Home Brexit Labour accuses Tories over refusing to move on Brexit red lines

Labour accuses Tories over refusing to move on Brexit red lines

by Mark Fitt Political Journalist
28th Apr 19 11:13 am

The government has been accused by Labour of still refusing to “move on any of their red lines” in their cross party talks.

Rebecca Long-Bailey, shadow business secretary also hit out at the Conservatives that Labour has not been stalling, and “we’re certainly not dragging our heels.”

Long-Bailey told Sky News’ Sophy Ridge on Sunday, “Honestly I think the discussions so far have been productive, they’ve gone into a lot of detail, there seems to be a willingness on both sides to move towards some form of consensus.

“But as yet we haven’t seen the government move on any of their red lines, we’re having further discussions this week and hopefully we’ll see some movement.”

The shadow business secretary added, “But at the moment we are focusing on the detail, where we stand in relation to our relevant positions, and where potentially we could move to.

“But we want to see hard and fast movement on those red lines as quickly as possible.”

Ridge asked if a second referendum is one of Labour’s “red lines” she said the Labour leader Jeremy Corbyn and his team were “not being hugely prescriptive on the minute detail of specific elements because we are willing to compromise, and we are willing to be flexible.”

When Ridge asked, whether if any proposed deal met all of Labour’s criteria would they sign it off without an agreement and put it to a public vote, Long-Bailey refused to answer.

However, she added if they were not met then “all options are on the table which includes campaigning for a public vote.”

Ridge then said, this sounds like a second referendum is not a red line for Long-Baileys party, Ridge asked, “correct me if I’m wrong?”

Long-Bailey replied: “No, a public vote in the event of the situation that I’ve just outlined has always been our party policy, now we have to be flexible in where we move on, we’ve got to keep all options on the table and that’s what we’re doing.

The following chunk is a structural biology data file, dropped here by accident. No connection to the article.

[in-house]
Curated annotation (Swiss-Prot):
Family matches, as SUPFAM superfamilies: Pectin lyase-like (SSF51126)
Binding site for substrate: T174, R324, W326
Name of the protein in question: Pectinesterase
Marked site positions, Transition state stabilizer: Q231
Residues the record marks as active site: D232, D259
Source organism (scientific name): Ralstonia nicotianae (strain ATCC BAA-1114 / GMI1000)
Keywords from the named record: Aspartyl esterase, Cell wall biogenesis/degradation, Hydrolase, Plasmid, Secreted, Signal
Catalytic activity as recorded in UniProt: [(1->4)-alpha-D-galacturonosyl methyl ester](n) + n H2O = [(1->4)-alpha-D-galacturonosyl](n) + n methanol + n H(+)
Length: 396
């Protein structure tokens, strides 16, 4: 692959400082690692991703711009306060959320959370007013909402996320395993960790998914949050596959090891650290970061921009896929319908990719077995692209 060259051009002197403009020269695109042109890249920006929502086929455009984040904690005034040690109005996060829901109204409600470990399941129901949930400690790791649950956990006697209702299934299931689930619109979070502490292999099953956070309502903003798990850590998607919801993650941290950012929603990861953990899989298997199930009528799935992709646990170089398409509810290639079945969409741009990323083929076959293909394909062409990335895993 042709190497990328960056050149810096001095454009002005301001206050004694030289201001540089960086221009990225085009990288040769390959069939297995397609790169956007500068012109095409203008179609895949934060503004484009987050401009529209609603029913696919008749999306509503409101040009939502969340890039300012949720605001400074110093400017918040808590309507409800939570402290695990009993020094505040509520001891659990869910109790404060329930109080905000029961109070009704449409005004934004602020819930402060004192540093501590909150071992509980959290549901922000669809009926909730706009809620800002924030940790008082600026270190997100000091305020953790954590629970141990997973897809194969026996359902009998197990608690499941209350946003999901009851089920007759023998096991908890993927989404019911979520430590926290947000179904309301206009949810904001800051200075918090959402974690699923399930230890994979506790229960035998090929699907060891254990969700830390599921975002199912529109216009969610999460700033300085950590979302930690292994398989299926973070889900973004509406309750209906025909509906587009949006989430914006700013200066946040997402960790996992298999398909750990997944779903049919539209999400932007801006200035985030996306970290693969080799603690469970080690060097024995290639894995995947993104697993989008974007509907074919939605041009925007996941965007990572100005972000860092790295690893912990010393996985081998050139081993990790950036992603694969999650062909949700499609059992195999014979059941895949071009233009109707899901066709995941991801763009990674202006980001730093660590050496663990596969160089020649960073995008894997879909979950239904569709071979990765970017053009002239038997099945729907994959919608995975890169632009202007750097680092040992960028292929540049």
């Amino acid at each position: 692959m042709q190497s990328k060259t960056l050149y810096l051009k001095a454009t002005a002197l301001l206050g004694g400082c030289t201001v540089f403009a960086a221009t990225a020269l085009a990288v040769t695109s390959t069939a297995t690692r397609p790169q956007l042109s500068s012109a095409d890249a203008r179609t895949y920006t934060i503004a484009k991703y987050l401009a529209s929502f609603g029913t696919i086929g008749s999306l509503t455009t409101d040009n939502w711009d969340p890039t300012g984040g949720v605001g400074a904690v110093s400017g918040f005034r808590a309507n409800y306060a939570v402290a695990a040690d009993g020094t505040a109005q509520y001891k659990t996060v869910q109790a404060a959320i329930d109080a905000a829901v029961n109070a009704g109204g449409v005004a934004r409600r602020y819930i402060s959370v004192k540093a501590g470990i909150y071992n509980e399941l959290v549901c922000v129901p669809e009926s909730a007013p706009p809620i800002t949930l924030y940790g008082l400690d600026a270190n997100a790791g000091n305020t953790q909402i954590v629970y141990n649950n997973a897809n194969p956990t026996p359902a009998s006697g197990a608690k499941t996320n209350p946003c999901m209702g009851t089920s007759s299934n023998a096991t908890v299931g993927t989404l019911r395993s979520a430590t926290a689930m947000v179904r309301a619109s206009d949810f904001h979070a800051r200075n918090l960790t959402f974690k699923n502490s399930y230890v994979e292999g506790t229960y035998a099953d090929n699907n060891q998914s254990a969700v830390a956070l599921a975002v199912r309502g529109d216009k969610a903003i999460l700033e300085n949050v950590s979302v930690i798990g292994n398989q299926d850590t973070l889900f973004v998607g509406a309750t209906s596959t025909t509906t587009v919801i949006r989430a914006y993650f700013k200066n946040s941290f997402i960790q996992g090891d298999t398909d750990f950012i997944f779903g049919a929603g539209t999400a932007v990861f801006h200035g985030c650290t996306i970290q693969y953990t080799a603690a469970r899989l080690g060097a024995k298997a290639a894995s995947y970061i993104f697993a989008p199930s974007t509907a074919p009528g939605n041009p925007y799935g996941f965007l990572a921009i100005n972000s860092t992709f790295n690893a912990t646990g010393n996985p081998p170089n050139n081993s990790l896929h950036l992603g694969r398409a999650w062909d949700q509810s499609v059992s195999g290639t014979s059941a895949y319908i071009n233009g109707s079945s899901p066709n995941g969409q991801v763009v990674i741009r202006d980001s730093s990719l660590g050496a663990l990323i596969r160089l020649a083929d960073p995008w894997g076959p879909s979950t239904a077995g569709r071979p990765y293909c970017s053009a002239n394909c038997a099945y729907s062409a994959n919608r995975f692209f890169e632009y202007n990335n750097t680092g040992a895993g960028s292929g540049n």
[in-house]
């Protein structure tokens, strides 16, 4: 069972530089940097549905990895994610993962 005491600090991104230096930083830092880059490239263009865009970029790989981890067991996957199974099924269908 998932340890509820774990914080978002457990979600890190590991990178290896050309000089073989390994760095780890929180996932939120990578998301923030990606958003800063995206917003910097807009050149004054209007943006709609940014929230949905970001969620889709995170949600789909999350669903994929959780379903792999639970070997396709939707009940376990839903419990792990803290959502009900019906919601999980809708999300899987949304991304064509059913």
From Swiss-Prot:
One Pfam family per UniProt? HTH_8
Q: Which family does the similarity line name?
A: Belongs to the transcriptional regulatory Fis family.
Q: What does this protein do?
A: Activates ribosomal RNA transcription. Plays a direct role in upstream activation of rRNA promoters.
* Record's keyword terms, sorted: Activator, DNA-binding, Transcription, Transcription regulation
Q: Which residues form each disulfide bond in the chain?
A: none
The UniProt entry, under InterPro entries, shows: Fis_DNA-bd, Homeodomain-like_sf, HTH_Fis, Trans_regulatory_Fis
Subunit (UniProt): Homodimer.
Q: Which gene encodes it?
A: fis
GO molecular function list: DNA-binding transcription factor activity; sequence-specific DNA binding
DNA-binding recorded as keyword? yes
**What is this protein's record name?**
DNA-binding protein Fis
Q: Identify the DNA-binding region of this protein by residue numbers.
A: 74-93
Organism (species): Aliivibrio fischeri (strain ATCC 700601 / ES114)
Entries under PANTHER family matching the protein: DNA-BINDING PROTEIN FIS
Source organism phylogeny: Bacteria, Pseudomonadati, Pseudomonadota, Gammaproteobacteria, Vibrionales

“So, until we find out what the final deal vote will be, we are of course pushing the Government to consider the policy option that we have which is a public vote to avoid a damaging no-deal Brexit or a bad deal, and they are considering that.

“They haven’t come back with any confirmation as to whether they’ll move on that red line as they haven’t with a number of their other red lines, but certainly we’re outlining our party policy very, very clearly.”

A former Brexit minister claimed that any deal that is voted through Parliament will cause the government to “collapse” as support from the Democratic Unionist Party (DUP) will be lost.

Steve Baker, deputy chairman of the European Research Group (ERG) told the Sunday telegraph, “Any [potential] leader who continues to vote for this deal, who accepts it being put through on Labour votes to deliver Brexit in name only, will need to explain how they are going to achieve a confidence and supply arrangement to prop up their government.

“You will find yourself leading a government which collapses if you ram this deal through over the heads of the DUP. I just cannot see how it would be otherwise.”

He added, “This is not just about delivering Brexit, it’s about keeping Jeremy Corbyn and John McDonnell away from the levers of power.”

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